Born Lucius Venable Millinder, 8 August 1900, Anniston, Alabama
Born in Alabama and raised in Chicago, Lucky started his career in music as a emcee. In 1934, Millinder took over the directorship of the Mills Blue Rhythm Orchestra, one of the 'Black' Swing bands of the 1930s. In 1938, when the Blue Rhythm Band dissolved, Millender worked with Bill Doggett's band. In 1940, he formed his own Lucky Millinder Orchestra. Rhythmically exciting, the Millinder band was especially popular in Harlem. The band gradually shifted into playing an early type of R&B music. Decca signed the band to an exclusive recording contract, and from 1942 to 1945 Millinder had four records at the top of the R&B charts, one of which, "When The Lights Go On Again (All Over The World)" featured a young Dizzy Gillespie on trumpet. The biggest hit was "Who Threw The Whiskey In The Well" (# 1 R&B for 5 weeks, # 7 pop), with a vocal by Wynonie Harris (recorded 1944, released 1945). Lucky's last hits (1951) both featured the voice of Annisteen Allen : "I'll Never Be Free" (# 8 R&B) and "I'm Waiting Just For You" (# 2 R&B, # 19 pop), on RCA and King respectively. The Lucky Millinder Orchestra was disbanded in 1952. Thereafter, he earned his living outside music, but formed occasional bands for special concerts. Although he could not read music, Millinder was an exceptional frontman, conducting his bands with flair and showmanship.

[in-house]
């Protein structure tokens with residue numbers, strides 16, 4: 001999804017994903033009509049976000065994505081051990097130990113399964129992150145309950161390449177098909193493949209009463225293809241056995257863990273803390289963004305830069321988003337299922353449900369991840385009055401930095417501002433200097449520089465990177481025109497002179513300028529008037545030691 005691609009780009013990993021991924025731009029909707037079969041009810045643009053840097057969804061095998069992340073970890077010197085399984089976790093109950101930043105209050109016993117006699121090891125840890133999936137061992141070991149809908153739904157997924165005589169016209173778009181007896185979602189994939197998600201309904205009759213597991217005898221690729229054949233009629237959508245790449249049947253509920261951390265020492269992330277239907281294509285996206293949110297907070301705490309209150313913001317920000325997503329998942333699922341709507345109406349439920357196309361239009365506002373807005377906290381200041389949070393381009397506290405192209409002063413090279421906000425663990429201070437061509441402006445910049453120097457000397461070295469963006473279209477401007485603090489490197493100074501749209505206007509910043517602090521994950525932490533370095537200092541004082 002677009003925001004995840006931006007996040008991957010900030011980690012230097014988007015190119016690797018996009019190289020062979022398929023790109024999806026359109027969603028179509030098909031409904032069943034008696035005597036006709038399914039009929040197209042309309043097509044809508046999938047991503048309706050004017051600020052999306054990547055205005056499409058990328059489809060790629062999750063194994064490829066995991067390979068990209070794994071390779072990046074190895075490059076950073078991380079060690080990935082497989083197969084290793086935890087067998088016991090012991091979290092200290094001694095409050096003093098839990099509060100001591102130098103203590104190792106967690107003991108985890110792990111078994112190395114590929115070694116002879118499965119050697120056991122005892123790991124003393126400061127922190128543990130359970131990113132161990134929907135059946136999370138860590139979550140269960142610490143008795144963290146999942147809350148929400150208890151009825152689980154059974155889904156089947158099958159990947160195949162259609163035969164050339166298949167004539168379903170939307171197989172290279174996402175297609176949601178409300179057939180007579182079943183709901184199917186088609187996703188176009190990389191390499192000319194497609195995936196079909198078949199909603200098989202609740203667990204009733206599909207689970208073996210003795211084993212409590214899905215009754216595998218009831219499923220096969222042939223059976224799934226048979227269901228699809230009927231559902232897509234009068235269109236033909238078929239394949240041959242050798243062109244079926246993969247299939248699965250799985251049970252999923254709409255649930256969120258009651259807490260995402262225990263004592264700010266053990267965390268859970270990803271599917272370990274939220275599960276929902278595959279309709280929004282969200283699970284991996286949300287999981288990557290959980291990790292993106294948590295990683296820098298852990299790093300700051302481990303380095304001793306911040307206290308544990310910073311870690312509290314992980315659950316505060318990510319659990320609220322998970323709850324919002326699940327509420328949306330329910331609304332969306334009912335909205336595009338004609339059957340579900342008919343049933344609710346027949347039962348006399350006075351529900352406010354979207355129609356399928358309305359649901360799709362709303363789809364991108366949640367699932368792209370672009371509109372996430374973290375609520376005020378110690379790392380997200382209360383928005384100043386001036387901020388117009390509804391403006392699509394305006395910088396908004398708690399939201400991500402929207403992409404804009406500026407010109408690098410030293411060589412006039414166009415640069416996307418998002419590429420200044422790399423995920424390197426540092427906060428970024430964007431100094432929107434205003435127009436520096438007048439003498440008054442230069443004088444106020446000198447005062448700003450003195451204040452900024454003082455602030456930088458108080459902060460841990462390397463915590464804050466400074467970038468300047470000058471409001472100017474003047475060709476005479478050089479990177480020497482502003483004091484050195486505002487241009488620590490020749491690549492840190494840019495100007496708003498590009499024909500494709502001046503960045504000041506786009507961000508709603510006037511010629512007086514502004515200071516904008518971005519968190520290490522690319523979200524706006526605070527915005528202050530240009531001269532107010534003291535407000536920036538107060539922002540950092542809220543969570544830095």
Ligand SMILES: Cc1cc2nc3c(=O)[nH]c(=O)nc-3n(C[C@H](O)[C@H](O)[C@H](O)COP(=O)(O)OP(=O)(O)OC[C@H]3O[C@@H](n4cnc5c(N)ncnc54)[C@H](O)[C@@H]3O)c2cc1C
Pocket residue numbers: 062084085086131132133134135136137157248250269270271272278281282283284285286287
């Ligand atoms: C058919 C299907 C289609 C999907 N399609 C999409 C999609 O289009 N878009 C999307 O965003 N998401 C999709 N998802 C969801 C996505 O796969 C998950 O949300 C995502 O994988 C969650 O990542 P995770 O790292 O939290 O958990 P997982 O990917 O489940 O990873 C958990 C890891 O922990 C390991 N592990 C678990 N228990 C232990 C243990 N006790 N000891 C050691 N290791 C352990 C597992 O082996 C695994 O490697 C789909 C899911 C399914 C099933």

More info: http://www.everything2.org/index.pl?node=Lucky%20Millinder
CD's: Apollo Jump (Proper, 2 CD-set, 2002). Jumpin' at the Savoy (EPM, France, 2000). Ram Bunk Shush (Charly, 1992).
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